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Appellate Division Sexual Abuse of a Child Conviction. People v. Boyd, 122 A.D.2d 273 (N.Y. App. Div. 1986)


People v. Boyd revolves around a conviction that hinges on multiple factors, including the age of the victim, the nature of the crime, and the credibility of witnesses. This case, which was appealed to the New York Appellate Division, raises questions about the sufficiency of evidence, the application of lesser-included offenses, and the corroboration required for certain convictions.

Factual Background
The defendant in this case faced charges related to sexual abuse, unlawful imprisonment, and endangering the welfare of a child. While initially charged with rape and sodomy in the first degree, the defendant was ultimately found guilty of the lesser-included offense of sexual abuse in the first degree. However, the verdict did not specify whether this lesser count derived from the charges of rape or sodomy. To understand this conviction, it’s important to note that sexual abuse in the first degree requires proof of forcible compulsion (see Penal Law § 130.65(1)) and that the victim is under 11 years of age (see Penal Law § 130.65(3)).

The evidence presented at trial indicated that the defendant had forcibly pushed a nine-year-old girl into the basement of her residence, where he subjected her to sexual contact against her will. Despite her attempts to escape, she remained under the defendant’s control. Additionally, there was corroborating evidence provided by the victim’s great uncle, who encountered the defendant in the basement with his clothing disheveled and admitted to being in the basement for sexual purposes. The witness later found the victim in a distressed state, sobbing and appearing frightened.

While a physician could not determine with certainty whether there had been actual penetration, the evidence presented clearly established that the victim had been taken to the basement and subjected to sexual contact against her will. This finding supported not only the conviction for sexual abuse in the first degree but also for endangering the welfare of a child and unlawful imprisonment in the second degree.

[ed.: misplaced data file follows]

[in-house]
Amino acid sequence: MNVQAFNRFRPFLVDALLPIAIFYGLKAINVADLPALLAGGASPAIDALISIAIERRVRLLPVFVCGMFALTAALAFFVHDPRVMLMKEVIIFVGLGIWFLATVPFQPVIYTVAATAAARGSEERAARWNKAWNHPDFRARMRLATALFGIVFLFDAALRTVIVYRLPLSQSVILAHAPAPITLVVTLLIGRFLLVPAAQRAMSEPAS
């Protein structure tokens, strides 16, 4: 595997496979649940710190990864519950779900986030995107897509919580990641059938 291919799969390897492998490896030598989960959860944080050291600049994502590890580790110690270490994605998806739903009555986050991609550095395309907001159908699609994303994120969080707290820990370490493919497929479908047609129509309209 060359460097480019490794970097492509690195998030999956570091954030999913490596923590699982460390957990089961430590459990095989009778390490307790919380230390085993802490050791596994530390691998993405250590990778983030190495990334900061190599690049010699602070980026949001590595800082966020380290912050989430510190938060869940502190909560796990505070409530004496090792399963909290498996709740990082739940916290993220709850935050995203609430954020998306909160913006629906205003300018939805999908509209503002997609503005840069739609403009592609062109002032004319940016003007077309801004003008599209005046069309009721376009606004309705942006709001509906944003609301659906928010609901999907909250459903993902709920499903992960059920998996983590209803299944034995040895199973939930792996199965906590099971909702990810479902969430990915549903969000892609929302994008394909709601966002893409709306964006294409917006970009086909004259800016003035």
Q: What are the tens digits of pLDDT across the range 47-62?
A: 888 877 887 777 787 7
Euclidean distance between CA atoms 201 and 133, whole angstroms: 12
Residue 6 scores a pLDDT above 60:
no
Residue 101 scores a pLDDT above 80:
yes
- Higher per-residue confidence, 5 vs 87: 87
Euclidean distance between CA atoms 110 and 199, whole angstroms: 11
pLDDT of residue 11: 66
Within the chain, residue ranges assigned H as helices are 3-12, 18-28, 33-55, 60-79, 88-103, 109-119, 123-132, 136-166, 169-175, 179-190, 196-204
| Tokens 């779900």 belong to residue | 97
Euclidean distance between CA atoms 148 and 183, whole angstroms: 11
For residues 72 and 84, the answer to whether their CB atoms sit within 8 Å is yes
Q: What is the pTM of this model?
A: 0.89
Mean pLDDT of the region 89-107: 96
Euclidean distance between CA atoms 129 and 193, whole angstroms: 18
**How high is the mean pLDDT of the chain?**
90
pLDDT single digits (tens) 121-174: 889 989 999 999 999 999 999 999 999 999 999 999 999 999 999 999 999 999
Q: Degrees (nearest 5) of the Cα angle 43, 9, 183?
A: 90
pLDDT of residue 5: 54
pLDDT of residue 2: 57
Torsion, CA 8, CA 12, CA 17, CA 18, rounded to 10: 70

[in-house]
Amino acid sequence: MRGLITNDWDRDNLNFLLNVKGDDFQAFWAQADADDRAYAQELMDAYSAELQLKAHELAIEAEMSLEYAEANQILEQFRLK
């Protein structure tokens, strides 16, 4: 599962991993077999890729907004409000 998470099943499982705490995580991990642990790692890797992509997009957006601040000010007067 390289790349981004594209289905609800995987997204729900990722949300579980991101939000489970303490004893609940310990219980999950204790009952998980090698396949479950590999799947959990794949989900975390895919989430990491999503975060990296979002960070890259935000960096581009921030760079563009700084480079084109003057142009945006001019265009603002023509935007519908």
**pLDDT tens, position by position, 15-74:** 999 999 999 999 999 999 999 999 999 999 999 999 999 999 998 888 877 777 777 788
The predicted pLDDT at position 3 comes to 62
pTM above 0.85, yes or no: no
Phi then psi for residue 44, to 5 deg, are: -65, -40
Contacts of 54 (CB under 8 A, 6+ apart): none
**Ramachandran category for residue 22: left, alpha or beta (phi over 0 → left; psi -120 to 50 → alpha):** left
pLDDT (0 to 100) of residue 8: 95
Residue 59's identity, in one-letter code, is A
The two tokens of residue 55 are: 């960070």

The defendant appealed the conviction, challenging the sufficiency of the corroborating evidence and its connection to the defendant’s commission of the crime.


The court held that there was sufficient evidence to support the defendant’s conviction for sexual abuse in the first degree. The evidence demonstrated that the victim, who was under 11 years of age, had been forcibly subjected to sexual contact against her will, meeting the statutory requirements for this offense.

This case sheds light on several legal elements, particularly the use of lesser-included offenses and the need for corroboration in certain convictions. While the defendant had been charged with more severe crimes, the court found that there was enough evidence to support the conviction for sexual abuse in the first degree, a lesser-included offense. The evidence included the victim’s testimony and corroborating statements from her great uncle, both of which painted a compelling picture of the defendant’s guilt.

Additionally, the case emphasizes the importance of witness credibility and the role of the factfinder in evaluating witness testimony. In this instance, the trial court, acting as the trier of facts, was responsible for determining the credibility of the witnesses and the weight of the evidence. The court’s judgment was based on its assessment of the testimony and the consistency of the evidence presented.

People v. Boyd serves as a reminder of the intricacies of criminal law and the importance of evidence, credibility, and legal definitions. If you find yourself accused of sexual abuse or any other sex crime, it is crucial to seek immediate legal counsel from an experienced New York sex crime lawyer. The outcome of such cases often depends on the skillful navigation of legal complexities and a thorough understanding of the law. Note that in addition to receiving significant prison time, a conviction of a sex crime will also results in being labeled a sex offender and being subject to the restriction of the Sex Offender Registration Act (SORA).

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